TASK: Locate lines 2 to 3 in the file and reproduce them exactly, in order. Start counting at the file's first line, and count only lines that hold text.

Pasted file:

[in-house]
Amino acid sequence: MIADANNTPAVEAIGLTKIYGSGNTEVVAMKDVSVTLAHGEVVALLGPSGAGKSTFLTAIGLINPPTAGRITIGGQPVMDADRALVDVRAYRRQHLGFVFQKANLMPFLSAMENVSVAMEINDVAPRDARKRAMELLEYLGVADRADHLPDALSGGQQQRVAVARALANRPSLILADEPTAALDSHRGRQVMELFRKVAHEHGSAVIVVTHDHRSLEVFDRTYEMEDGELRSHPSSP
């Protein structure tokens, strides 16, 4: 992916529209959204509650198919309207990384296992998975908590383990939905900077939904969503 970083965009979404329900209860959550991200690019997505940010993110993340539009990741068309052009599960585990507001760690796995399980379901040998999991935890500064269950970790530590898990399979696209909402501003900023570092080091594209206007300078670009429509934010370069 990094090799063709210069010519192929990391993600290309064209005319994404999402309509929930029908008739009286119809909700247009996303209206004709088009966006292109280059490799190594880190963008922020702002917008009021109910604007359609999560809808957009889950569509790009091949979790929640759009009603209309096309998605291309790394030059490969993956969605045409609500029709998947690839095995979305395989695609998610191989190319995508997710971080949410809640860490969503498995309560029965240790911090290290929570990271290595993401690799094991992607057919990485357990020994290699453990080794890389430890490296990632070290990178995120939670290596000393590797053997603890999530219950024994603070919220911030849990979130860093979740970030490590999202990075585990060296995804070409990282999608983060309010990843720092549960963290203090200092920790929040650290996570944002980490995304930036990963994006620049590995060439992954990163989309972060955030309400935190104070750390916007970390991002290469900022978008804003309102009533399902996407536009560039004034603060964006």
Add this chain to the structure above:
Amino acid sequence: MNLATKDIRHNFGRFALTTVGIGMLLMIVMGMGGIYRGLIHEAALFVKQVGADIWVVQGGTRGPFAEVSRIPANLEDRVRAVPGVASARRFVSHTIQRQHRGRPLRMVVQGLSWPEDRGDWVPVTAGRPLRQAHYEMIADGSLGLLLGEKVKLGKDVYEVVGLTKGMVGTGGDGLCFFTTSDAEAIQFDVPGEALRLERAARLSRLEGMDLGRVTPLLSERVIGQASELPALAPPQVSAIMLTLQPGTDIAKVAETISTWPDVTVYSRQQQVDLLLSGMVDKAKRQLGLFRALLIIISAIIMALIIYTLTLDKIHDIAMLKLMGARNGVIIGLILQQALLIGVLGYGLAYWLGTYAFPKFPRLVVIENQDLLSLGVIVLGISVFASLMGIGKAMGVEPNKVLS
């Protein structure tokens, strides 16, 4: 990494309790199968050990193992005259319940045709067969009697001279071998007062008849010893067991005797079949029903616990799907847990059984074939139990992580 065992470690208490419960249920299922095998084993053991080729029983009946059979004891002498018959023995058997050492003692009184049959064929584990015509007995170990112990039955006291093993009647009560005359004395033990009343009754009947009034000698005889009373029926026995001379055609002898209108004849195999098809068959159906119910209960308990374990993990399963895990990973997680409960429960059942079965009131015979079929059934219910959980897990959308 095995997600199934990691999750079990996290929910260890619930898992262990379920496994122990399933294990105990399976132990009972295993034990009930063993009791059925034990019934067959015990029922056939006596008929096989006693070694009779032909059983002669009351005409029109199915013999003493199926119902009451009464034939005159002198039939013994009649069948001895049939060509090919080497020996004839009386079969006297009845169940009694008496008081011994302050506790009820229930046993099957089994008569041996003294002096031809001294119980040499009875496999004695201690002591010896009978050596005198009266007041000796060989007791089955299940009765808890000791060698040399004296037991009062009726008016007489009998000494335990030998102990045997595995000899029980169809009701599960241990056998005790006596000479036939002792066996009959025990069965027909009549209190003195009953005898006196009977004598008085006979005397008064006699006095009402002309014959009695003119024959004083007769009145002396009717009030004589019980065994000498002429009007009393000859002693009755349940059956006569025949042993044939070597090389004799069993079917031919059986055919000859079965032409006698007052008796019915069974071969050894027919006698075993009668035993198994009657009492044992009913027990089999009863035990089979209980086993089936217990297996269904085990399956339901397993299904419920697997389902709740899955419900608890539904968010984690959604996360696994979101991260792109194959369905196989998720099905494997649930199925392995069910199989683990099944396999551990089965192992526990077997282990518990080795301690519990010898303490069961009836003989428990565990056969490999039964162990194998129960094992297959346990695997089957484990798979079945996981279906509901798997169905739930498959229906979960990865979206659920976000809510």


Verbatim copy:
Amino acid sequence: MIADANNTPAVEAIGLTKIYGSGNTEVVAMKDVSVTLAHGEVVALLGPSGAGKSTFLTAIGLINPPTAGRITIGGQPVMDADRALVDVRAYRRQHLGFVFQKANLMPFLSAMENVSVAMEINDVAPRDARKRAMELLEYLGVADRADHLPDALSGGQQQRVAVARALANRPSLILADEPTAALDSHRGRQVMELFRKVAHEHGSAVIVVTHDHRSLEVFDRTYEMEDGELRSHPSSP
């Protein structure tokens, strides 16, 4: 992916529209959204509650198919309207990384296992998975908590383990939905900077939904969503 970083965009979404329900209860959550991200690019997505940010993110993340539009990741068309052009599960585990507001760690796995399980379901040998999991935890500064269950970790530590898990399979696209909402501003900023570092080091594209206007300078670009429509934010370069 990094090799063709210069010519192929990391993600290309064209005319994404999402309509929930029908008739009286119809909700247009996303209206004709088009966006292109280059490799190594880190963008922020702002917008009021109910604007359609999560809808957009889950569509790009091949979790929640759009009603209309096309998605291309790394030059490969993956969605045409609500029709998947690839095995979305395989695609998610191989190319995508997710971080949410809640860490969503498995309560029965240790911090290290929570990271290595993401690799094991992607057919990485357990020994290699453990080794890389430890490296990632070290990178995120939670290596000393590797053997603890999530219950024994603070919220911030849990979130860093979740970030490590999202990075585990060296995804070409990282999608983060309010990843720092549960963290203090200092920790929040650290996570944002980490995304930036990963994006620049590995060439992954990163989309972060955030309400935190104070750390916007970390991002290469900022978008804003309102009533399902996407536009560039004034603060964006």